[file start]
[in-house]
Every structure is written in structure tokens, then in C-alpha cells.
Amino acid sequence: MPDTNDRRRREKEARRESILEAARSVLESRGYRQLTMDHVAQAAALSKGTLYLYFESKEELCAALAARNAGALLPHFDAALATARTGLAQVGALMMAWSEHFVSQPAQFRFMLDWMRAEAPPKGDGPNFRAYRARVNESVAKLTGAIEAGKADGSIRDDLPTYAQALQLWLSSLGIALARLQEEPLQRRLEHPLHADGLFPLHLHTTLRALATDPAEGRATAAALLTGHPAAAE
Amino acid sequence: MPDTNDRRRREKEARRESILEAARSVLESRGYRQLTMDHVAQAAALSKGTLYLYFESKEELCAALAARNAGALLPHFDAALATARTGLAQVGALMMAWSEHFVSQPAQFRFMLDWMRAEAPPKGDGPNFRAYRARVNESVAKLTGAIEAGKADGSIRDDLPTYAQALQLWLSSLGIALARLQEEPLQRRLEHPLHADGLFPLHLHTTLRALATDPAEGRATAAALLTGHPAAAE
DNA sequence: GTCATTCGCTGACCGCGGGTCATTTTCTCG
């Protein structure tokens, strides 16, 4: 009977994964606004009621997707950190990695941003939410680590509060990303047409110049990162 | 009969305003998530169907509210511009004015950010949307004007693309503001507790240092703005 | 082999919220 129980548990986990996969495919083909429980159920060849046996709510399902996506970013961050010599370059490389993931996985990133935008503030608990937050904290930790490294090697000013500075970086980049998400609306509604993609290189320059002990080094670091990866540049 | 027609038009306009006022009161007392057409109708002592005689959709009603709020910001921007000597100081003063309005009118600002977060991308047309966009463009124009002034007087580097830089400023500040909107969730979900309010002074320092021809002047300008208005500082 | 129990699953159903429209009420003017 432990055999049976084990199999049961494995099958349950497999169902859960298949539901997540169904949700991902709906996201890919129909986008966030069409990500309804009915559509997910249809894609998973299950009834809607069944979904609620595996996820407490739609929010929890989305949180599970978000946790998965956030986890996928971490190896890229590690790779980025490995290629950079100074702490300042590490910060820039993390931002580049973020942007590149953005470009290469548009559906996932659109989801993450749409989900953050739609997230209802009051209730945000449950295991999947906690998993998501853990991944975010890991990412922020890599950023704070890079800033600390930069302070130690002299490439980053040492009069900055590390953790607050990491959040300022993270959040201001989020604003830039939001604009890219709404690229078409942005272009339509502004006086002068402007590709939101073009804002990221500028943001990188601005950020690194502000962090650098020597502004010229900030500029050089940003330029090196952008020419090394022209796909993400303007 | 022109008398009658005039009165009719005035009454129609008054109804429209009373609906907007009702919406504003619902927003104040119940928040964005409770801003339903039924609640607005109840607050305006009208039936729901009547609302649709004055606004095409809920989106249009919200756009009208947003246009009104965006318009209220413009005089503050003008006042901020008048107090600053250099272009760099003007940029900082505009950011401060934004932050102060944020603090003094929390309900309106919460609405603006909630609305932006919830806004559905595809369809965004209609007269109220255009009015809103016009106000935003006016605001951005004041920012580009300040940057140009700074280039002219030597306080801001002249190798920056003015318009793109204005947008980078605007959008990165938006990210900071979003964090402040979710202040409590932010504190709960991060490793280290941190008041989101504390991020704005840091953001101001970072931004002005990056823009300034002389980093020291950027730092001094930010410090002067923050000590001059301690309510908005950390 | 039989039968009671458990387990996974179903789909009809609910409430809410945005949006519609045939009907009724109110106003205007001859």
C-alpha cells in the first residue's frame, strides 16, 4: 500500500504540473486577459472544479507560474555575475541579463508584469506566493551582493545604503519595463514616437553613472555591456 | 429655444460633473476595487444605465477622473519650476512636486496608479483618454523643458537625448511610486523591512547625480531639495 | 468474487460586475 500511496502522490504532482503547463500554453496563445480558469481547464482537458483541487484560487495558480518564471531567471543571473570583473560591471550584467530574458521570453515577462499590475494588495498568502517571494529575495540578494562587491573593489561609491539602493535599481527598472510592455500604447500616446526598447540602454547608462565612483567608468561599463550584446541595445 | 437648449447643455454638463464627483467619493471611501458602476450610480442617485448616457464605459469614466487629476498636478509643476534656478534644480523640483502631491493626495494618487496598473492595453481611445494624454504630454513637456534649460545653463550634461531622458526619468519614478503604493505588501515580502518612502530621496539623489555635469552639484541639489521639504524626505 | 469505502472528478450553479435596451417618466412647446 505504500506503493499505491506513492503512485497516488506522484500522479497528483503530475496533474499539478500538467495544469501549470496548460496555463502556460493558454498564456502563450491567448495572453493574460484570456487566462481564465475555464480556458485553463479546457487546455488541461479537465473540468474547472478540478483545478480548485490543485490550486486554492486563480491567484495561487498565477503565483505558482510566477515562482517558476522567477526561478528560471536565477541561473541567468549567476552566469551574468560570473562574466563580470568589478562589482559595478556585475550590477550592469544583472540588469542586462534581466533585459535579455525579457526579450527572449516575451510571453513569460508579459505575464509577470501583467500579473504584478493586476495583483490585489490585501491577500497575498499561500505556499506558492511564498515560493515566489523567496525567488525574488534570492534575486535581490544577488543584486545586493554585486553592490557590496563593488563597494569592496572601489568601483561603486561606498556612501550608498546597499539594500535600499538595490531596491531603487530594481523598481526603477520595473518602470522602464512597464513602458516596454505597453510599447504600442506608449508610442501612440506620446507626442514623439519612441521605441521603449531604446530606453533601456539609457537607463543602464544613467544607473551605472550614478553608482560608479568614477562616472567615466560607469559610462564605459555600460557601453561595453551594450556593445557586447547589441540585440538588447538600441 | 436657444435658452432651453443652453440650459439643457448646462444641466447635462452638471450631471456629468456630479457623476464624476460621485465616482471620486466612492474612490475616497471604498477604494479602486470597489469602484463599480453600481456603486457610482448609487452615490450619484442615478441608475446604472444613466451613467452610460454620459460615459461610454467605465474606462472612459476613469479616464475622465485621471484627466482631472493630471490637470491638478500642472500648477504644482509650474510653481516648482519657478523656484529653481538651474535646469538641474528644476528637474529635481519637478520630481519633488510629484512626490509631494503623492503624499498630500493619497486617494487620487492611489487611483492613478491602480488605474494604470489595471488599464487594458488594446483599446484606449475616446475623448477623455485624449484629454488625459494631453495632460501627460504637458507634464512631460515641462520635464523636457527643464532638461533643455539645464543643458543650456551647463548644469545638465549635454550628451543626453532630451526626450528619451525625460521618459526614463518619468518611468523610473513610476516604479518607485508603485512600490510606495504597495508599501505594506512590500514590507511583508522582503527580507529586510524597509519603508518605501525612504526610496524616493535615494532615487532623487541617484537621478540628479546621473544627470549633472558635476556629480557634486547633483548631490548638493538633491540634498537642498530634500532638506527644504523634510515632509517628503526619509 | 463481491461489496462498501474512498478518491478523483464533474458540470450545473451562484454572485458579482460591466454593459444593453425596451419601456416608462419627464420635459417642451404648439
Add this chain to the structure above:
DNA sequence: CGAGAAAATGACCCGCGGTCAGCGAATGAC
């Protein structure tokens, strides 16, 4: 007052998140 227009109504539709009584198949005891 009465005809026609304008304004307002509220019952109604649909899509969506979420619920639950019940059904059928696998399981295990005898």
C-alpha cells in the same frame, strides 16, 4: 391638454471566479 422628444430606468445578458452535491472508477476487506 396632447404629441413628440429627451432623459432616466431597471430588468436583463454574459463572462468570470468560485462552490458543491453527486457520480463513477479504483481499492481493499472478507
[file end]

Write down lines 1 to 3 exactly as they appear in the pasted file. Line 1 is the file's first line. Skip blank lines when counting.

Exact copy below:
[in-house]
Every structure is written in structure tokens, then in C-alpha cells.
Amino acid sequence: MPDTNDRRRREKEARRESILEAARSVLESRGYRQLTMDHVAQAAALSKGTLYLYFESKEELCAALAARNAGALLPHFDAALATARTGLAQVGALMMAWSEHFVSQPAQFRFMLDWMRAEAPPKGDGPNFRAYRARVNESVAKLTGAIEAGKADGSIRDDLPTYAQALQLWLSSLGIALARLQEEPLQRRLEHPLHADGLFPLHLHTTLRALATDPAEGRATAAALLTGHPAAAE